Bistro Joe’s: An unexpected hit in the most unlikely of places
Close your eyes.
I want you to imagine eating at a grocery store cafeteria.
I want you to picture the brown plastic trays still wet from the dishwasher, the lukewarm buffet food, soggy fried chicken, waxy French fries, the wilting lettuce pretending to be salad and the scowling cooks whose promising careers in the food industry somehow took a turn for the worse.
That was my impression of grocery store dining.
Even though I knew with every fiber of my being it was ridiculous, that’s what I had in mind as I drove to Papa Joe’s on Woodward in Birmingham to check out the newly opened Bistro Joe’s.
I couldn’t have been more wrong.
Let me start this by saying, Bistro Joe’s is over the top. From its ambiance to its odd location overlooking Papa Joe’s Market to its cuisine, this unexpected surprise is brimming with promise.
Tony Curtis, owner of Papa Joe’s Gourmet Market & Catering LLC, spent just under $1 million on the buildout of what could easily become the next “Restaurant of the Year.”
“It is over the top,” Curtis admitted. “It has to be in order to stand on its own.”
Curtis found a Michelin-rated executive chef in Jacques Van Staden to create the menu and hired Ron Rea for the design, which fits in somewhere between French Bistro and — well, I can’t really put my finger on it.
Bistro Joe’s is outfitted in both modern décor — like the Burberry-esque napkins — and classic accents, like its hanging paper lanterns.
But make no mistake, Bistro Joe’s is modern.
Guests can purchase wine cards and buy their favorite wine by the glass from what I’m going to call a “wine soda fountain” for lack of a better term.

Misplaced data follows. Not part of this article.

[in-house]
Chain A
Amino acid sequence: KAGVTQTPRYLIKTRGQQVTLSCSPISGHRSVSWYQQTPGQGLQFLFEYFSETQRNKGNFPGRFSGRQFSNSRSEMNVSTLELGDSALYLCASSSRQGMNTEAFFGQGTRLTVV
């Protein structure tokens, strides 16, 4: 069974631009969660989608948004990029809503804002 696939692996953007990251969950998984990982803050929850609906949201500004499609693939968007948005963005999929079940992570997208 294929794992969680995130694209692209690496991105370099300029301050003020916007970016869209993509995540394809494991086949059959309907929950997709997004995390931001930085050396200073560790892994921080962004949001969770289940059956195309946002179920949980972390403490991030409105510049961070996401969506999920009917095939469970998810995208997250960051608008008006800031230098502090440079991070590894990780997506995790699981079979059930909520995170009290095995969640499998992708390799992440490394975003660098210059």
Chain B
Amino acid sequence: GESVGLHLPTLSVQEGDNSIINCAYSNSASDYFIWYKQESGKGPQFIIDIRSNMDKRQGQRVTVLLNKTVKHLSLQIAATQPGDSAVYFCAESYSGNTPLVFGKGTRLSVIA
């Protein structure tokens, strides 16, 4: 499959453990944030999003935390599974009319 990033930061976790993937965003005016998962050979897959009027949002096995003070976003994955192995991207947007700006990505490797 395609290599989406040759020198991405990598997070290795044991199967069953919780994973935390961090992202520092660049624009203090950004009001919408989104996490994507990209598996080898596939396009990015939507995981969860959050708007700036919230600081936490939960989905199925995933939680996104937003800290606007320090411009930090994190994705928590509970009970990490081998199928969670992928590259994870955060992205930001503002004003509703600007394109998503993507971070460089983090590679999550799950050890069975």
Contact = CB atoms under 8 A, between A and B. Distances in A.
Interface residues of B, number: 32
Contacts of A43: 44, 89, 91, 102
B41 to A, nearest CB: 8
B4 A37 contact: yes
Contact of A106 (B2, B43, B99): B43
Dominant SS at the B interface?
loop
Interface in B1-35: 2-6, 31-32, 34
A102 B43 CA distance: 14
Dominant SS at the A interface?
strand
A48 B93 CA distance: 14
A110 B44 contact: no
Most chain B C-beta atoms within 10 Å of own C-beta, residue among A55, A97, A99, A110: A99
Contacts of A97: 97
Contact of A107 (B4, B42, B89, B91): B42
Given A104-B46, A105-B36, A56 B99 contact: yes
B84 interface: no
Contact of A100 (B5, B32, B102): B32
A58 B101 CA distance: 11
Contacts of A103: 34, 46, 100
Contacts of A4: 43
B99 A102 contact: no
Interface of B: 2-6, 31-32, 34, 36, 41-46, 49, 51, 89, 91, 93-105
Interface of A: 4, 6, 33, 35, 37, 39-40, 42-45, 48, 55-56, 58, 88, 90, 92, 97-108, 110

The 3,600-square-foot restaurant, which opened 10 days ago, seats 65 inside and another 70 on its outdoor, all-weather patio that even has heated floors, removable windows and outdoor heaters, if needed. Open for lunch and dinner daily, Bistro Joe’s has been packed since it opened, Curtis said.
Van Staden created the menu at Bistro Joe’s and has a major advantage over his competitors: He is able to raid Papa Joe’s produce and meat departments before the high-end grocery store opens its doors to the public.
Van Staden was very matter-of-fact as he put his past accomplishments in perspective and described his vision for Bistro Joe’s.
“Michelin restaurants don’t make money,” he said. “Times have changed.
“Look at these surroundings. I have a book full of restaurant concept ideas — and none of them fit this space.”
When asked how he would describe Bistro Joe’s, he called it a contempo vintage bistro, whatever that means.
What is important is that Birmingham finally has a restaurant to be excited about that isn’t overly pretentious or trying to be something from somewhere else.
“I can’t stand pretentious restaurants,” Van Staden said. “The food here is served the way it should be. Well, the way I think it should be.”
I sampled the spicy tuna tacushi $11, Nicoise salad $16, Turkish Pide $16 and the prime charred rib eye steak $40.
Everything was delicious.
When asked if this is what Curtis is bringing to the First National Building in downtown Detroit, he smirked.
“Something like that — only the operations are going to be entirely different,” he said.
I couldn’t care less, as long as Van Staden is in charge of the menu.
Bistro Joe’s doesn’t have a website yet but can be reached at 248-594-0984.